makes about 80 small cookies

1 2/3 cup all-purpose flour
1/2 teaspoon baking soda
1/2 teaspoon baking powder
1/2 teaspoon Kosher or sea salt
1/2 cup (1 stick) unsalted butter, softened to room temperature
2/3 cup creamy-style peanut butter (not natural-style)
1/2 cup granulated sugar
1/2 cup light brown sugar, packed
1 large egg, room temperature
2 teaspoons pure vanilla extract
3/4 cup roasted peanuts, roughly chopped (optional)

For crosshatching:
granulated sugar

Preheat oven to 350F. Line two rimmed baking sheets with parchment, set aside.

In a small-medium mixing bowl, whisk together flour, baking soda, baking powder, and salt. Set aside.

In a medium-large mixing bowl, use an electric mixer to beat butter and peanut butter until fluffy. Add granulated and light brown sugars, and beat to combine. Mix in egg and vanilla. Use a silicone spatula or wooden spoon to fold in chopped peanuts.

Scoop dough by the 1/2 tablespoon (1 1/2 teaspoons), roll into balls, and set 2-inches apart on prepared pans.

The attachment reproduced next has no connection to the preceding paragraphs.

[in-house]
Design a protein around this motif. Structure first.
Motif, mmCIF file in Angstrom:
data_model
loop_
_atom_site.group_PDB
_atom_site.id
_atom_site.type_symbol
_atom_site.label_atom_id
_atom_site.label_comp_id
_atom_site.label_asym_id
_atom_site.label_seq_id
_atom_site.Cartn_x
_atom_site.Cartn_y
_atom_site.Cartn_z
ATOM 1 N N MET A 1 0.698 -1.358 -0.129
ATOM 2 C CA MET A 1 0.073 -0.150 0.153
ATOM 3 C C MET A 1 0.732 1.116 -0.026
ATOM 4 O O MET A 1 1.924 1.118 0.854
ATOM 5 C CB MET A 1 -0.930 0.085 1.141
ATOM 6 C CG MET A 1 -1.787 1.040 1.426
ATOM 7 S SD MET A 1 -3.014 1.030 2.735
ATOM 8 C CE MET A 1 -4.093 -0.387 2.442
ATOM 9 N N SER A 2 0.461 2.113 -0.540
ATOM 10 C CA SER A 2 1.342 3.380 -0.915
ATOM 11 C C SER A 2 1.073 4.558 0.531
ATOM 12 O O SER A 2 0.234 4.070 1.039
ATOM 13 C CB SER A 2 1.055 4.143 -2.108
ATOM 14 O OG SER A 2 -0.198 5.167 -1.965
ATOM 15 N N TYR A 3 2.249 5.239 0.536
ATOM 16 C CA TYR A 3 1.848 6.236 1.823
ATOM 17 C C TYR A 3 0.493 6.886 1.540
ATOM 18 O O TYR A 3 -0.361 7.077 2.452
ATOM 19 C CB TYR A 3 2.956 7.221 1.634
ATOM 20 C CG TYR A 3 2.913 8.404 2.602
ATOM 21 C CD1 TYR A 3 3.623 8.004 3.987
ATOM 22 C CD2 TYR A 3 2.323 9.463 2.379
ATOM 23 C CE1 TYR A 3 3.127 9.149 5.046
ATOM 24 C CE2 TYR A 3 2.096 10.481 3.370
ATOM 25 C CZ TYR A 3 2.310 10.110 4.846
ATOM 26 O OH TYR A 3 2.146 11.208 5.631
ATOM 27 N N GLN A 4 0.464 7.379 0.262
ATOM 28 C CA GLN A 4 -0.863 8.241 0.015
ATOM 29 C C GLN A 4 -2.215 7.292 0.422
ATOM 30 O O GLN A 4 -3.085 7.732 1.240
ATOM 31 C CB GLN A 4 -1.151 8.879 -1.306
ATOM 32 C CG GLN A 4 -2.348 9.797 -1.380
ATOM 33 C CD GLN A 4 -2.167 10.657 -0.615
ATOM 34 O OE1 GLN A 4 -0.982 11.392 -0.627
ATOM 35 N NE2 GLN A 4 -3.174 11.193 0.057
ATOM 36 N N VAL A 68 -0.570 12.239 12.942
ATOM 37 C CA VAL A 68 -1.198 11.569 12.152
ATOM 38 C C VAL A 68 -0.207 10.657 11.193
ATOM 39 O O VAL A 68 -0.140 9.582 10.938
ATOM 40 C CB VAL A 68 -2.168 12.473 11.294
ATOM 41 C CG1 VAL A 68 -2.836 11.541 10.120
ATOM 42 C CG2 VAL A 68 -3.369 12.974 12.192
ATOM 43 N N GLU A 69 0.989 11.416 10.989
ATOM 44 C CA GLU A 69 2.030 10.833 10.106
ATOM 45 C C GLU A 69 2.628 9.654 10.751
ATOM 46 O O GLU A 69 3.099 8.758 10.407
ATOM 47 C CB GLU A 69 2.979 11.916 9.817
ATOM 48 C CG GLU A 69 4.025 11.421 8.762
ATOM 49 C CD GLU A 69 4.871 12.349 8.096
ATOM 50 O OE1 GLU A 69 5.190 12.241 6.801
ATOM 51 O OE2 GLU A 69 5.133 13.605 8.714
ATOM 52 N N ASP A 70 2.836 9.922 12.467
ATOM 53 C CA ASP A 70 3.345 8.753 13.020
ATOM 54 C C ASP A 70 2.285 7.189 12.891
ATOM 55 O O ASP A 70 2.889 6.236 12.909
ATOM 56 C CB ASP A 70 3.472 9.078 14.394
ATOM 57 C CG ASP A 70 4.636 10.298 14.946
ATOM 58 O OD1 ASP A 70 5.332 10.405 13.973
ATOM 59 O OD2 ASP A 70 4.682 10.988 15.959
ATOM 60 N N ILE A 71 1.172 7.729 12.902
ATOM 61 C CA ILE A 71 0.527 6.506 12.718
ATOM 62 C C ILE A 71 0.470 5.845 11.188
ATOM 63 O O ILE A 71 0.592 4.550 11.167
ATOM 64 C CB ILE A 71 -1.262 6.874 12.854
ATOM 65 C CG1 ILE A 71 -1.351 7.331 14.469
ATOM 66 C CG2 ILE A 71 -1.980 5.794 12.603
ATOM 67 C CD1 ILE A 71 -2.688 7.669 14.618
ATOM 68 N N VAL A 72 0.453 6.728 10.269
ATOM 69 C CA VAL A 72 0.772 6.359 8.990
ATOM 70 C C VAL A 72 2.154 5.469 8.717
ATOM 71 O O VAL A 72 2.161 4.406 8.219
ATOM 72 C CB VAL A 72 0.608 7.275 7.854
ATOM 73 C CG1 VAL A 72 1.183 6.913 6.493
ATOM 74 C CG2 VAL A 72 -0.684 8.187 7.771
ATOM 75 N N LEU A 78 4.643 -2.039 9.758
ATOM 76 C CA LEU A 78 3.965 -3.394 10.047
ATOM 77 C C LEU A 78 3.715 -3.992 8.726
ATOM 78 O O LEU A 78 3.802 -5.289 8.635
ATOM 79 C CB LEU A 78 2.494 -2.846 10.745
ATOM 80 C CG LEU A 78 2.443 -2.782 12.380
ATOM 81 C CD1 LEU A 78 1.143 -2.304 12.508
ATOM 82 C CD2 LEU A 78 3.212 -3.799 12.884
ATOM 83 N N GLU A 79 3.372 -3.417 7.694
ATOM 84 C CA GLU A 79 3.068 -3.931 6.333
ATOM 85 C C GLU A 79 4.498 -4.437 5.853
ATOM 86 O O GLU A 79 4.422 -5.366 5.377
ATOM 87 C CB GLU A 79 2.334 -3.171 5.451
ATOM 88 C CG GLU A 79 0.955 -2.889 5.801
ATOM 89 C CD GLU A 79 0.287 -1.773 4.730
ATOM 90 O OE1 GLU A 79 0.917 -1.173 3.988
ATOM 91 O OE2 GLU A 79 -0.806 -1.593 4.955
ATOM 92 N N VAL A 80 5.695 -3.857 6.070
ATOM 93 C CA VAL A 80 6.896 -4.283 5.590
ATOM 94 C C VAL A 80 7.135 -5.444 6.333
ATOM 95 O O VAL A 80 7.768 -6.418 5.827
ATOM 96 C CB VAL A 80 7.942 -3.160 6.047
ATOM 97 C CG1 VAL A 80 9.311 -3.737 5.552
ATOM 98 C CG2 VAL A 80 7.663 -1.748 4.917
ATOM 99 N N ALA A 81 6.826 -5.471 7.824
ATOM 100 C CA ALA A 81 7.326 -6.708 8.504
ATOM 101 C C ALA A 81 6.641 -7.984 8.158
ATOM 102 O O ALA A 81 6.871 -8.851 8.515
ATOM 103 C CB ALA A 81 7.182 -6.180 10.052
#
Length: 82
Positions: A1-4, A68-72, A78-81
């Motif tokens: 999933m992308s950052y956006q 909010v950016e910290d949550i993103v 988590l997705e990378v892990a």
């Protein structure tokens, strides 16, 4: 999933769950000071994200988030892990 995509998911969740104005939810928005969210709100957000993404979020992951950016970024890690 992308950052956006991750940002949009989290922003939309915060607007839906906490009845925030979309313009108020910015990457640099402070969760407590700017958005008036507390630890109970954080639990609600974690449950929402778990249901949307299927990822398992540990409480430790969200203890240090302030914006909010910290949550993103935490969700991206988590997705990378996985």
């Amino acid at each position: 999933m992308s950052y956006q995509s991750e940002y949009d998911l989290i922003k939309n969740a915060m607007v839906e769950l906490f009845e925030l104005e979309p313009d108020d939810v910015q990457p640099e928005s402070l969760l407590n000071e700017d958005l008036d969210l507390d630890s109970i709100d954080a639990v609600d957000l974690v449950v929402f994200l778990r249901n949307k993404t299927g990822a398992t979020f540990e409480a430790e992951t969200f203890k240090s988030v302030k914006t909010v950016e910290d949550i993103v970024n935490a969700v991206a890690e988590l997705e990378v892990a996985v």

Make the crosshatch. Lightly grease the back of a fork and dip in sugar. Press fork into each dough ball, then turn the fork 90 degrees and press again. Re-sugar the fork between cookies.

Bake cookies for 10 minutes, rotating pans top-to-bottom and front-to-back at the 5 minute mark. Let cool on the pan for 5 minutes before removing to a rack to cool completely. Repeat rolling, crosshatching, and baking with remaining dough, letting the pans return to room temperature between batches.

Cookies will keep in an airtight container at room temperature for at least a week.

Crispy, Crunchy Peanut Butter CookiesCrispy, Crunchy Peanut Butter CookiesCrispy, Crunchy Peanut Butter Cookies